a picture of Whitney wielding a wand and wearing a cardigan with the Slytherin house crest
Posted in personal, writing
July 1, 2016

Ilvermorny: the many problems with JKR’s new school

It’s easy to find a lot of discussion right now about JK Rowling’s latest expansion of the Harry Potter universe. In order to expand the world for her new series of movies, Fantastic Beasts, she branched out to North America. And the equivalent of Howarts is Ilvermorny, the North American Wizarding School. Most of the discussion centers on the cultural appropriation that’s rampant in the backstory for Ilvermorny.

Note: I could easily make the same arguments about any of the other magical schools she created. The lack of schools outside Europe, despite the diversity of cultures world wide, is an issue. It highlights her general ignorance about the diversity and uniqueness of people world wide. I’m focusing on Ilvermorny since there’s much more detail to dissect.

Ilvermorny explained

The Cliffnotes version is a British Colonialist’s dream. A young Irish girl leaves England (on the Mayflower!) and eventually founds the first magic school. The ONLY magic school in North America. The houses came from two children day dreaming about what the school might be like. Each house named for a favorite magical creature. Most of the names came from different Native American tribes.

This is literally cultural appropriation. She’s removing any context or history, and treats Native American cultures as homogenous. And beyond that, it’s just bad world building. Even without the appropriation.

We already knew that Wizards had an established subculture in Europe and in Asia for centuries. We knew the three wizarding schools in Europe. If you really want to double down on JKR’s assertion that various Indigenous beliefs are Magic and not spiritual? That would mean Organized Magic already long existed in North America.

What would Magic in the US be like?

Predating England’s arrival in North America, the main contact with Indigenous people would have come from Spain. With conquistadors and Spanish missionaries. Wouldn’t it be likely that some Spanish wizards would have come over? Used their magic to help defeat Aztec and Mayan wizards?

Cultures would have blended. (Forcibly, no doubt) New magical traditions grown out of them. The same way that Mexican and various Caribbean cultures evolved as distinct and unique from Spain. Smaller schools probably would have sprung up across the continent as populations grew and spread. The missionaries spreading Catholicism would probably have tried to indoctrinate young Indigenous wizards

Where’s the magic from Africa, brought into the Americas and the Caribbean with those stolen and sold as slaves? The magic from China that came with those who helped build the Bay Area and the railways?

Indigenous wizards, pushed off their land and away from natural elements filled with magic (like the forest outside of Hogwarts).

By the 1920s, you could have easily had dozens if not hundreds of smaller schools. Students would likely go to the schools that lined up with their heritage. Or the school that their magic best meshed with.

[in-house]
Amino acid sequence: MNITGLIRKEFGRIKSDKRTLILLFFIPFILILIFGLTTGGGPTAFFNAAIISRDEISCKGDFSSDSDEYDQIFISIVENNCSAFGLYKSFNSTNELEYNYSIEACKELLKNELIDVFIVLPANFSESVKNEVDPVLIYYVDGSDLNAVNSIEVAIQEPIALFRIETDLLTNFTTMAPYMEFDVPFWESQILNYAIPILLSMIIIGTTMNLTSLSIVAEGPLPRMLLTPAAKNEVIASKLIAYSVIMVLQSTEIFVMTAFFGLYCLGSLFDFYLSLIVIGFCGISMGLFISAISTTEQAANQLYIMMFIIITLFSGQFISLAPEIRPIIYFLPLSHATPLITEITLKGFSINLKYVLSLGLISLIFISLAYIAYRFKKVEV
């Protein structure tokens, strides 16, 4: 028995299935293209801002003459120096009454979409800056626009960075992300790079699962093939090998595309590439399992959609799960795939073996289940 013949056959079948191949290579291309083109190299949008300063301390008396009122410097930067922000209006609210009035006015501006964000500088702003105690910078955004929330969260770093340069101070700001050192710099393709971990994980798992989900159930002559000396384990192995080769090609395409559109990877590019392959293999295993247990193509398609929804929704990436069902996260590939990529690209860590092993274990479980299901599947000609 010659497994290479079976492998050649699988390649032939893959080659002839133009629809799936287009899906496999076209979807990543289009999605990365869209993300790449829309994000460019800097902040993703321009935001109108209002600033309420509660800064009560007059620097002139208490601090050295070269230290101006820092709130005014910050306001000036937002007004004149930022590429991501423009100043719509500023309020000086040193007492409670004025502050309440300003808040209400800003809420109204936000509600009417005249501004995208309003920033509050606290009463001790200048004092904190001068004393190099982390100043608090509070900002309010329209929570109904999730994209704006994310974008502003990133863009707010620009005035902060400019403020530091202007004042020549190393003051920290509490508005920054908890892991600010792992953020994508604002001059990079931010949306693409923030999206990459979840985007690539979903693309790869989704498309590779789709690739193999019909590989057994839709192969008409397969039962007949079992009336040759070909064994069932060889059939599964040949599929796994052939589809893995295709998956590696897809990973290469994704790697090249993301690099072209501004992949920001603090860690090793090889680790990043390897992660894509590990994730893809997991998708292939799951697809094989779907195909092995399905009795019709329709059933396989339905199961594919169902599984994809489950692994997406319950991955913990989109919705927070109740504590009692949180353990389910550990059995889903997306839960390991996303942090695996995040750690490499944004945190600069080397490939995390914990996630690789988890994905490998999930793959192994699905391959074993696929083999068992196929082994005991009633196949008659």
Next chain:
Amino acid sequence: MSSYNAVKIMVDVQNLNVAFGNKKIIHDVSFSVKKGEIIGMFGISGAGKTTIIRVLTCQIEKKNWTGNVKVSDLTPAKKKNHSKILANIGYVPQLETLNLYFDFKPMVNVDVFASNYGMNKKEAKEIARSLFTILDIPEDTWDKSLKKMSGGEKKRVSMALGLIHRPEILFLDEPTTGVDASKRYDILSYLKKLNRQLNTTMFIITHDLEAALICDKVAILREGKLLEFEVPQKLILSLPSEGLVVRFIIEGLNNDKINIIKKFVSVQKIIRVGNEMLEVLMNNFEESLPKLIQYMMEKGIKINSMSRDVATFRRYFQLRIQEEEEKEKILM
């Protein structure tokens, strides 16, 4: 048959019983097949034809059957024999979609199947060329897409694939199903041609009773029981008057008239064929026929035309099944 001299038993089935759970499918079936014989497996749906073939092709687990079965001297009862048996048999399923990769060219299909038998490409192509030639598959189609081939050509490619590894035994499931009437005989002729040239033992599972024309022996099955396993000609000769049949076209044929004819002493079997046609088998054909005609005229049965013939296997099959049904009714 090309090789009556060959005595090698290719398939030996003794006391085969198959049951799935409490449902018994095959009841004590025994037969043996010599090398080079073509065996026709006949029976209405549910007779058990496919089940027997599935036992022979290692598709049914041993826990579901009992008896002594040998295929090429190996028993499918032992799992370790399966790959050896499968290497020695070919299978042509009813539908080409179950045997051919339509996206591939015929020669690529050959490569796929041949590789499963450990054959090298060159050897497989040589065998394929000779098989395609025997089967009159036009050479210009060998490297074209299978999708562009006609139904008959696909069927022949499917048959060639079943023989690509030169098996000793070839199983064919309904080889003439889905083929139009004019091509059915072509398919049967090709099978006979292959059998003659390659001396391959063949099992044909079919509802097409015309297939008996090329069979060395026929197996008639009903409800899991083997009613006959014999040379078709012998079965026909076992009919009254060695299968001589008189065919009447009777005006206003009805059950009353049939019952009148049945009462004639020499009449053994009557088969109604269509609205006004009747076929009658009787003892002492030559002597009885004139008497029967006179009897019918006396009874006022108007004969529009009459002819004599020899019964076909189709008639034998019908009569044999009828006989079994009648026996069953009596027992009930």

The US is ridiculously large

North America is vast. JK Rowling’s concept of a single school for that entire population and land is inherently ridiculous. It ignores the many many cultures represented. (And that’s solely focusing on the United States and the history I know)

I mean, consider US History. Could there only be one school during the Civil War? Would parents in the Confederate South be convinced to send their children into the North for magic school?

Wouldn’t it be likely that Beauxbatons would have sister schools in New Orleans and in Quebec? They’d both be very different, both from each other and Beauxbatons. Heck, wouldn’t Texas wouldn’t have their own magic school, just based on their own stubborn individualism?

Between the cultural appropriation and the lack of thought about the country it’s set in, the entire concept of Ilvermorny is insulting.

I admit, I’ve been spoiled. In the time I’ve been on Tumblr, I’ve seen idea after idea about what schools were in America. What schools were like in Latin America. They were thoughtful and reflected the cultures they were meant to represent.

America itself is a country of immigrants. To suggest that all would abandon their own cultures and adopt a purely British POV is an insult.

Lessons to take, as a writer

As a writer, I think it’s important that you consider both history and sociology when world building in an extension of our universe

Consider the Hunger Games and Panem. It’s definitely a future North America. The book makes it clear which District is which part of the continent. What makes it a successful change is that the world building is an extension of the US as it is now.

Ilvermorny fails as world building, because most Americans read the history and wonder how big the school is. Even if it’s a very small percentage of North Americans who are wizards…. that’s still a really really large school.

So, if you’re writing about a country or culture that is not your own – learn from JK Rowling’s mistakes. Research the history and culture. THEN find someone who lives there to give you feedback. Then and only then, you can write your book.

Update: Obviously, JK Rowling’s issues above is only one of many problems with the Fantastic Beasts’ extension to her world. While the world was already problematic, she ignored racial tensions, had a Jewish woman side with Magic Nazis.

And obviously, this is ignores her own personal transphobic point of views. Or the many occasions she’s reflected on her own writing after the fact, often undermining what was good about the Harry Potter series.

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